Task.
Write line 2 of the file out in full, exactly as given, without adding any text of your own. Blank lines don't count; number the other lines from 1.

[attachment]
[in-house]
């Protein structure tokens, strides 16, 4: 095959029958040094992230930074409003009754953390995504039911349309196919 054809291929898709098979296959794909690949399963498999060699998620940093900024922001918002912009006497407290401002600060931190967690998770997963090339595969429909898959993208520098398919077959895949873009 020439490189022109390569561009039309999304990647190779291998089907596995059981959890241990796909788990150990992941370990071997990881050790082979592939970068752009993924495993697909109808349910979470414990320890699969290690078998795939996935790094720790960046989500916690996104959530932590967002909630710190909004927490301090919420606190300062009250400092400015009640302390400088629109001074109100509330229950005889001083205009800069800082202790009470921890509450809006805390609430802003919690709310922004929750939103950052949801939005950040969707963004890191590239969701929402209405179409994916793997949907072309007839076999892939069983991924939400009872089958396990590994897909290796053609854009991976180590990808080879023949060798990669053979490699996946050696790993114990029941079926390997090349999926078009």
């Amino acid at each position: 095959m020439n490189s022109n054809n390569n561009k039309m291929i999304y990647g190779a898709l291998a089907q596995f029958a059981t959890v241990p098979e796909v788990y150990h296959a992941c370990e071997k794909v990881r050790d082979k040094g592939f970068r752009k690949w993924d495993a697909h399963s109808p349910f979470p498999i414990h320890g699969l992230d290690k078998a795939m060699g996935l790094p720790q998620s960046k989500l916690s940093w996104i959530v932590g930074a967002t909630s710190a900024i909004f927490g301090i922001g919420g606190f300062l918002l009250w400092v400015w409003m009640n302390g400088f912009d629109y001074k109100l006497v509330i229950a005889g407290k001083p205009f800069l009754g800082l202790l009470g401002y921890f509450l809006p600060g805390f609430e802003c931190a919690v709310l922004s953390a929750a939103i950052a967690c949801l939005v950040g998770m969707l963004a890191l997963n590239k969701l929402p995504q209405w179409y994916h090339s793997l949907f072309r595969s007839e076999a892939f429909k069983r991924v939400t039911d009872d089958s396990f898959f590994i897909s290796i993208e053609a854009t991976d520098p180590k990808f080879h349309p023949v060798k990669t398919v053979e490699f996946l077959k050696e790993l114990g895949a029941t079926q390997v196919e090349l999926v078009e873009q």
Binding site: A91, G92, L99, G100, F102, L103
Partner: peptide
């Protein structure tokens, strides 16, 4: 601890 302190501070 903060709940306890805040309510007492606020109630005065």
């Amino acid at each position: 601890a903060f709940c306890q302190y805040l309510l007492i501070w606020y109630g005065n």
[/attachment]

């Protein structure tokens, strides 16, 4: 095959029958040094992230930074409003009754953390995504039911349309196919 054809291929898709098979296959794909690949399963498999060699998620940093900024922001918002912009006497407290401002600060931190967690998770997963090339595969429909898959993208520098398919077959895949873009 020439490189022109390569561009039309999304990647190779291998089907596995059981959890241990796909788990150990992941370990071997990881050790082979592939970068752009993924495993697909109808349910979470414990320890699969290690078998795939996935790094720790960046989500916690996104959530932590967002909630710190909004927490301090919420606190300062009250400092400015009640302390400088629109001074109100509330229950005889001083205009800069800082202790009470921890509450809006805390609430802003919690709310922004929750939103950052949801939005950040969707963004890191590239969701929402209405179409994916793997949907072309007839076999892939069983991924939400009872089958396990590994897909290796053609854009991976180590990808080879023949060798990669053979490699996946050696790993114990029941079926390997090349999926078009």